I try to think deeply about what my life would be like if I was given more freedom than I currently have to run my classroom the way I would like. I know that I have TONS of autonomy at this point, but due to the relationship with a teacher prep program, my awesome big people/student teachers need to teach in a somewhat more typical format to progress in the program. So with that said, here’s a “typical” format for me:
Welcomes, Learning Log, Revision, Unit Work, Exit Ticket
Welcomes: Students arrive to my lovely classroom and choose which kind of chair they would like to sit in (rolling office chair, saucer chair, typical school chair) and move furniture to sit in their zone. They are greeted with hellos and welcomes from not only their teachers but also their peers. If applicable, students receive a handwritten thank you note about their leadership contributions to class and other peer-nominated recognitions and accomplishments. (The students get VERY excited about these notes, usually thank the class for the acknowledgement, and then carefully place the cards into their folders to bring home.) Students transition to the Learning Log portion of the class as they have settled into the community.
Learning Log: Students have a weekly yellow Learning Log (LL). (I have it color coded so it is easily spotted in bags and on tables and resist using yellow for other handouts.) I then sing, yes, I said sing, the names of the kiddos that have retrieved their LL and have started to record the topic for the day and started the Do Now. The topic is a student-friendly objective truncation and finishes the questions “How do we…” or “Why do we…” The Do Now, oh the Do Now, is a short prompt, usually to review a skill from previous units (and then is evaluated for accuracy) or a primer for the upcoming lesson/topic/unit (and is evaluated for completion). Students earn a stamp to show they have successful met the day’s requirements of the Dow Now and students may move on to the next agenda item. Do Nows are not timed, but rather students move on when they have finished the requirement.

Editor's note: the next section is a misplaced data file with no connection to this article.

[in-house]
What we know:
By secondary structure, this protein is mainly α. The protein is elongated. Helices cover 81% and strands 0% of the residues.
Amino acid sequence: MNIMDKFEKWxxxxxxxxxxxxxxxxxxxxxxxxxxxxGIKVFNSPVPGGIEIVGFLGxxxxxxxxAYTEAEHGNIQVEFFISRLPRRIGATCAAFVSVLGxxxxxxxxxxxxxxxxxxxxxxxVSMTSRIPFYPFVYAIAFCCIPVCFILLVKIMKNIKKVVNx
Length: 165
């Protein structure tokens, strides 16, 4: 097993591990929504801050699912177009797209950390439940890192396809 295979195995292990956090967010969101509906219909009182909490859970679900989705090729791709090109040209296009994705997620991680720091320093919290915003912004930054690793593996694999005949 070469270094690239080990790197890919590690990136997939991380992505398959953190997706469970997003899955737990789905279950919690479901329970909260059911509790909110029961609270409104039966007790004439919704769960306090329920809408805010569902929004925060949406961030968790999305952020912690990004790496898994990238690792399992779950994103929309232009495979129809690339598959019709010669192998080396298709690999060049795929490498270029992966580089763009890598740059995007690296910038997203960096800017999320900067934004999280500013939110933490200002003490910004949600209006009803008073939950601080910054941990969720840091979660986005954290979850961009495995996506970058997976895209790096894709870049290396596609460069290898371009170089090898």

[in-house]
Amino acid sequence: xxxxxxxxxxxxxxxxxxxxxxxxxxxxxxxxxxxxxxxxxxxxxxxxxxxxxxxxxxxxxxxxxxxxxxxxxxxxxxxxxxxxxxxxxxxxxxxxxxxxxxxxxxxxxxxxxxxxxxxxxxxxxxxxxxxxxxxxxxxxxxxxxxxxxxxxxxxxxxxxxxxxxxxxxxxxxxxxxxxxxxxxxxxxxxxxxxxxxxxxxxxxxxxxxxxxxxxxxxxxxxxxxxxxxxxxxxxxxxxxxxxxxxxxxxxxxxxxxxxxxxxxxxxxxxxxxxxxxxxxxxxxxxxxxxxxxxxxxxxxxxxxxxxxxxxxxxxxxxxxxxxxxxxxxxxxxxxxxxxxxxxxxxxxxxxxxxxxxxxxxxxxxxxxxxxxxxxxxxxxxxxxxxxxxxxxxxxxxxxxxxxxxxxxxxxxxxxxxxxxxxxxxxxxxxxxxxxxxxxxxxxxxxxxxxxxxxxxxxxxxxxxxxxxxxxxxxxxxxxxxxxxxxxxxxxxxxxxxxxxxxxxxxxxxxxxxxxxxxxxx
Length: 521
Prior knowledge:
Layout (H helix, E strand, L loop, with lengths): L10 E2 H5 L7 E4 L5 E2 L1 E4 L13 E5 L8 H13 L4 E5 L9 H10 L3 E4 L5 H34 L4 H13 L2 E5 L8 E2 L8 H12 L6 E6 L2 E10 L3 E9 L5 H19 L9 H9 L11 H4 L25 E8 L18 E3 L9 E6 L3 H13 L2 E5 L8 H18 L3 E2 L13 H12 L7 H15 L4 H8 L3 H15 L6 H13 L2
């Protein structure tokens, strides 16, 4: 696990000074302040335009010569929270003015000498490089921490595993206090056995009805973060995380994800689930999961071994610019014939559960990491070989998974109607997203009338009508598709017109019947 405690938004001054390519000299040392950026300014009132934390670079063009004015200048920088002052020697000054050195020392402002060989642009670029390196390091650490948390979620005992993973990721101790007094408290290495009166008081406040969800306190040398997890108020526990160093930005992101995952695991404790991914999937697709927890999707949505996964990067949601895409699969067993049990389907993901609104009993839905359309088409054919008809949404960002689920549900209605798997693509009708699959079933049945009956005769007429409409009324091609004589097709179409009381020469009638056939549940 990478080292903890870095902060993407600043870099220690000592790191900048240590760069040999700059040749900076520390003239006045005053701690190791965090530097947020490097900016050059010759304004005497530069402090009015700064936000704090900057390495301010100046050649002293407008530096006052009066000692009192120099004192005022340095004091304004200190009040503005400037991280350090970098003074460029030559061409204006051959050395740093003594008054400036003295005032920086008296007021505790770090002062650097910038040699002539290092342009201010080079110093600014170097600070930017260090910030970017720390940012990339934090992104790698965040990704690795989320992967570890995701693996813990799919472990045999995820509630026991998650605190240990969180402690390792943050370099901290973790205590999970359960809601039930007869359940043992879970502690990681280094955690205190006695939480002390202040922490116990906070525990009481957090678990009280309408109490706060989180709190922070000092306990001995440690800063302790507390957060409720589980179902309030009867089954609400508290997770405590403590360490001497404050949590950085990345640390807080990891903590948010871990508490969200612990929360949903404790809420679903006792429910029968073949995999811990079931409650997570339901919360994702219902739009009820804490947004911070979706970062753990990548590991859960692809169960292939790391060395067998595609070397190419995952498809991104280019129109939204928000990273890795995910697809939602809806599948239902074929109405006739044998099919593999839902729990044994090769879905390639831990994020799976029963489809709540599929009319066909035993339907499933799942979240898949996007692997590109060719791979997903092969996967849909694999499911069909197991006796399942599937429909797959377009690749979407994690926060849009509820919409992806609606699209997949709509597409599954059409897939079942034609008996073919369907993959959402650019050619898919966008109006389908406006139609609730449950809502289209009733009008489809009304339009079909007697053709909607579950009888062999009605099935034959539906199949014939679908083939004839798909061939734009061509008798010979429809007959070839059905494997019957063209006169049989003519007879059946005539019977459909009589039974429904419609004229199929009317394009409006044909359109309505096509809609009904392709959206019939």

Revision Work: I am a HUGE believer of students make significantly more progress when they receive feedback from previous work and then have a structured way to make revisions. While I have days dedicated to revision (and are called the super original name of “revision day”) for longer assignments or projects, I like to have the transitional time between the LL to the unit work dedicated to help students iron out misconceptions and errors, and build confidence before moving forward with the new material. Students receive the previous day’s exit ticket or work with written feedback (not advice) with the question “do you want to revise this work?” Students look over their work, read their work and feedback, and then decide if they want to revise. I’ve yet to have a student say no if there was anything that could be improved. But I always pose it as a question, a choice, so students have more power in their world. Students correct their work, write about how their new work shows improvement on each standard, and independently complete an alternative form of the same assignment. All of the pieces get bundled together and reassessed. During the revision process are able (and encouraged) to seek help from any person, book, anchor chart, or previous work in the room. (I am still working on how to have students use the internet as a resource.) Students don’t want the answers from one another because of the whole explain-your-improvements and now-do-a-similar-problem situation but they do request explanations and they make up problems together to practice the skill on their own. (And, does it make me excited to see when they make up their own problems to practice.) Once the kiddos have turned in their revision work, they move onto the unit work.
Unit Work: Once students have transitioned from their LL and revisions, they are ready for continuing their work on their unit mastery! I try to have a 3+ day string of mastery check points. Everything gets bundled together, with explores and practices, everything color coded by part so that students may see where they are in terms of the progression and timeline. Students move at their pace, to a point, through the material. The students are given an approximate timeline with a bit of extra flex time built in. The students read through objectives and standards and look at the Criteria for Success and exemplars. They ask questions and find resources to help them move through the tasks, seeking mastery. The tasks change depending on the day and unit but the students move forward.
Exit Ticket: With roughly 7 minutes left in class, it’s Exit Ticket Time! Private think time happens in the lovely room 054 and students work independently on the exit task. If the students have more time before the end of class, students return to their unit work. Students pass in their ET and say their goodbyes for the day as they leave.
That’s a typical day in my room! Huzzah!